Thursday, August 7, 2014

Skip This Spinning Class

Wish I knew what causes my ding dang vertigo. Drives me batty.  Heard of it? The Tilt-a-Whirl from Hades. The hangover that isn't. The devil’s last laugh.

Yep, vertigo is wicked all right. The world spins topsy-turvy out of control with every movement of the head. Or even eyes. It’s like you just rolled off a merry-go-round after being shoved round and round by a 250-pound linebacker. 

Only it doesn't stop after you get off and stagger around the playground.

This bout hit me the day we returned home from our beach week. I'd forgotten but Spouse reminded me that I got vertigo last year during our annual Daytona  week too. Go figure. I wonder if it has something to do with sand. Or glare. Or shrimp. Those are the things I do in Daytona that I don't do at home.

Hmm. I suspect it’s the cosmos’ way of telling me not to wear bathing suits.

Maybe it’s hereditary. My father suffers with it too, more frequently than me. We both take Antivert, which helps but doesn't cure it. At least with the medicine you can pseudo-function without throwing up every time you rise from a chair. But walls still have a way of jumping out and whacking you in the shoulder when you try to traverse hallways and the sidewalk still swerves away from you when you walk the dog and you end up in somebody’s shrubbery pretending that you’re looking for Rover’s lost ball.  

I recently found in my possession 1940-era British medical literature regarding vertigo that warned, among other clever things like “make sure your spectacle prescription is up to date,” that it is a very bad idea to walk along unlit stony paths late at night during a dizzy spell ... you might end up in the ditch. In which case you may well invoke a disgruntled bobby to escort you to the loo or worse, the slammer, under the erroneous impression that you’ve visited one too many pubs.

Dear me. Guess I'll just have to curb my late night unlit stony path hikes.

The brochure also said activities that require rapid side-to-side righting movements of the body and head are good therapy ... example: tennis. The risks, however, include falling flat on your face when you look up to hit your serve. Or impaling yourself on the back fence when you run after a lob.

Harrumph. Mere hiccups to true tennis addicts like me.

I’ve actually played tennis – more than once – in the throes of a vertigo episode (you can probably only understand this if you’re another full fledged tennis junkie). It’s kind of an out-of-body experience. Gives new meaning to the term “dizzy blonde.”

Why, you wonder, would anyone subject themselves to abject humiliation and certain defeat playing a competitive game with her head screwed on sideways? Um, I dunno. I suppose addiction is the operative word here.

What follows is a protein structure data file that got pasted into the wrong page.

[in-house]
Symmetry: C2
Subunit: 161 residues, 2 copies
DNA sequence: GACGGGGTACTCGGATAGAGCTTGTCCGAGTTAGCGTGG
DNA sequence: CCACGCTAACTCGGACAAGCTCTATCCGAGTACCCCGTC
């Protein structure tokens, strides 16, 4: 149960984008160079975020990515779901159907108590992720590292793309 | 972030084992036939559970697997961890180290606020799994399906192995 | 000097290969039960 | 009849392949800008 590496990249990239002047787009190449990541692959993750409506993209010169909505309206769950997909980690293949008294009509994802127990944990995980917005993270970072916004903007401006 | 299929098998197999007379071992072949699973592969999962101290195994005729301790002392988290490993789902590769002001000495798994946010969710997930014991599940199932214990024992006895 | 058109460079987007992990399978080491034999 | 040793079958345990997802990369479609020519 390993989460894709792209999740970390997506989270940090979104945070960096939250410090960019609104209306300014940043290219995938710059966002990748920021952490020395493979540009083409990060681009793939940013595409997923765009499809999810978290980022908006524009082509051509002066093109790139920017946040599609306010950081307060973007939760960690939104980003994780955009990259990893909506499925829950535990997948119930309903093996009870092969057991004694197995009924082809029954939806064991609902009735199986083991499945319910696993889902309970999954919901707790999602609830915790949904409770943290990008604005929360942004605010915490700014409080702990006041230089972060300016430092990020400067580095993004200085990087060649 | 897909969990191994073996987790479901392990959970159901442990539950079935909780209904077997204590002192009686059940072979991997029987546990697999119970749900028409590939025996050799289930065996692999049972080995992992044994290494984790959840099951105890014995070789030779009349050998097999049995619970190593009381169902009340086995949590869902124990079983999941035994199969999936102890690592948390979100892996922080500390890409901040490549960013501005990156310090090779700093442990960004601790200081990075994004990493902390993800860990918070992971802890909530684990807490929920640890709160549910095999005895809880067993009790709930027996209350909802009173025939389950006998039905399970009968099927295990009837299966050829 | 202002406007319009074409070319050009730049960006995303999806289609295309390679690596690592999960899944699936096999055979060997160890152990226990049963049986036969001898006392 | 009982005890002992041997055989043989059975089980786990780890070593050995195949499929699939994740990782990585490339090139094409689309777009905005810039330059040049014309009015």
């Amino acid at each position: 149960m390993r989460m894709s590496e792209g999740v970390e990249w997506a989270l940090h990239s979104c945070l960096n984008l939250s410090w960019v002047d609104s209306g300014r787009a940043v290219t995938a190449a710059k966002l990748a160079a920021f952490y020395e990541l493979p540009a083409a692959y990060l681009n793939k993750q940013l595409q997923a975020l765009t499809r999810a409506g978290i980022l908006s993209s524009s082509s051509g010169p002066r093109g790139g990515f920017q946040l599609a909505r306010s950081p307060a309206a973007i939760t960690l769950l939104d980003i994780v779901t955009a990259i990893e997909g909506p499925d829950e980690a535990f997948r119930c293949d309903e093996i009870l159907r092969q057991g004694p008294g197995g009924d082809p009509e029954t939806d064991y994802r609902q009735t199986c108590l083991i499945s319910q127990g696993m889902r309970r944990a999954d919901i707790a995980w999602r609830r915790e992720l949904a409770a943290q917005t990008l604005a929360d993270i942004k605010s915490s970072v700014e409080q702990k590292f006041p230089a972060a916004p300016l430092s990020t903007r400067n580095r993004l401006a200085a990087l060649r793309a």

It wasn't really that bad. Aside from only winning two games in two sets, the worst part was following the ball. Back and forth. Back and forth. Whack. Whack. Whack. By the time my already spinning eyes (a Vertigo symptom called nystagmus) could hone in on that little yellow sphere suddenly appearing just beyond the tip of my nose, the rest of me was flopping all over itself trying to remember how to be coordinated enough to connect my racquet with the ball.

You feel like a marionette being operated by a giant invisible hand hovering over the court. And the hand’s got a nasty twitch.

So you go home and take another pill.

Unfortunately, a side effect of Antivert is an anvil in your skull. It’s what I call the dead meat syndrome - meaning you can't think clearly and only want to lie on the couch all day trying not to draw flies.  

There's no good way to sleep. I usually end up propping myself upright in bed in a sitting position and sandbagging my head on all sides so it can’t move. This doesn't lend itself to rolling over once you've finally lost consciousness, which tends to pitch you right out of bed with arms flailing as you either blacken Spouse’s eye or send the bedside lamp flying.

Oh, you can be proactive if you choose. The vertigo exercises (mostly weird head/body positioning movements to dislodge stuck inner ear crystals) do help Daddy although they merely make me vomit. Even thinking about them now sends a wave of nausea through my gut. Rather like hanging upside down from the mast of a ship when you already have raging seasickness.

It’s enough to make me never, ever eat shrimp again. Just in case.

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